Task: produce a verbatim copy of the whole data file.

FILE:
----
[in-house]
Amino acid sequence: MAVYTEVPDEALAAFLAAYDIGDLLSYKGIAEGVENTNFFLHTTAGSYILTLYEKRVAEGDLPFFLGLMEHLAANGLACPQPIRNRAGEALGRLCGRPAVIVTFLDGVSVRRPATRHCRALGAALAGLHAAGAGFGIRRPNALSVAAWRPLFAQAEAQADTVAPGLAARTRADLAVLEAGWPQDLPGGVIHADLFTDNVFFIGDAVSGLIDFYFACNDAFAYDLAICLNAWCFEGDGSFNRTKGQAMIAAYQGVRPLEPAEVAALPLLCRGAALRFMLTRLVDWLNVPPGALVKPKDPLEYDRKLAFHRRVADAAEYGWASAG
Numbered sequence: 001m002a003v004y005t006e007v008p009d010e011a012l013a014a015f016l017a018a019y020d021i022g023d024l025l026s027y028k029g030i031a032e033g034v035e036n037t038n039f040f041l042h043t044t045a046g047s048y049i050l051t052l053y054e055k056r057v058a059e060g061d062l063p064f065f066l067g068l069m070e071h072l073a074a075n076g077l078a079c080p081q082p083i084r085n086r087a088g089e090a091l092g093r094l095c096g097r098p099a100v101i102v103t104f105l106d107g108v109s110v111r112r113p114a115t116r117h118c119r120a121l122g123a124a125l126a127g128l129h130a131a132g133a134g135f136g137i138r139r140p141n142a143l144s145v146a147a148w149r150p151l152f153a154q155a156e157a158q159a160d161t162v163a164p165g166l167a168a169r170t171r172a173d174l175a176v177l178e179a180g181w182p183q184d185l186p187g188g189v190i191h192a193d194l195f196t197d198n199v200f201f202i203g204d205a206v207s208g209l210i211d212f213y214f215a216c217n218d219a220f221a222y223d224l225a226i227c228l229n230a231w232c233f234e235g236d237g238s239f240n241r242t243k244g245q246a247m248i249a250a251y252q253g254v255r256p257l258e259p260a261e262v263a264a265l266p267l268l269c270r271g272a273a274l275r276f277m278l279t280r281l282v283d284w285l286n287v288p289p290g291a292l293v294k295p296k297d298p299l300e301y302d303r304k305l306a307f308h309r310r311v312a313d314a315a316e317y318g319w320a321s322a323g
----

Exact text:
[in-house]
Amino acid sequence: MAVYTEVPDEALAAFLAAYDIGDLLSYKGIAEGVENTNFFLHTTAGSYILTLYEKRVAEGDLPFFLGLMEHLAANGLACPQPIRNRAGEALGRLCGRPAVIVTFLDGVSVRRPATRHCRALGAALAGLHAAGAGFGIRRPNALSVAAWRPLFAQAEAQADTVAPGLAARTRADLAVLEAGWPQDLPGGVIHADLFTDNVFFIGDAVSGLIDFYFACNDAFAYDLAICLNAWCFEGDGSFNRTKGQAMIAAYQGVRPLEPAEVAALPLLCRGAALRFMLTRLVDWLNVPPGALVKPKDPLEYDRKLAFHRRVADAAEYGWASAG
Numbered sequence: 001m002a003v004y005t006e007v008p009d010e011a012l013a014a015f016l017a018a019y020d021i022g023d024l025l026s027y028k029g030i031a032e033g034v035e036n037t038n039f040f041l042h043t044t045a046g047s048y049i050l051t052l053y054e055k056r057v058a059e060g061d062l063p064f065f066l067g068l069m070e071h072l073a074a075n076g077l078a079c080p081q082p083i084r085n086r087a088g089e090a091l092g093r094l095c096g097r098p099a100v101i102v103t104f105l106d107g108v109s110v111r112r113p114a115t116r117h118c119r120a121l122g123a124a125l126a127g128l129h130a131a132g133a134g135f136g137i138r139r140p141n142a143l144s145v146a147a148w149r150p151l152f153a154q155a156e157a158q159a160d161t162v163a164p165g166l167a168a169r170t171r172a173d174l175a176v177l178e179a180g181w182p183q184d185l186p187g188g189v190i191h192a193d194l195f196t197d198n199v200f201f202i203g204d205a206v207s208g209l210i211d212f213y214f215a216c217n218d219a220f221a222y223d224l225a226i227c228l229n230a231w232c233f234e235g236d237g238s239f240n241r242t243k244g245q246a247m248i249a250a251y252q253g254v255r256p257l258e259p260a261e262v263a264a265l266p267l268l269c270r271g272a273a274l275r276f277m278l279t280r281l282v283d284w285l286n287v288p289p290g291a292l293v294k295p296k297d298p299l300e301y302d303r304k305l306a307f308h309r310r311v312a313d314a315a316e317y318g319w320a321s322a323g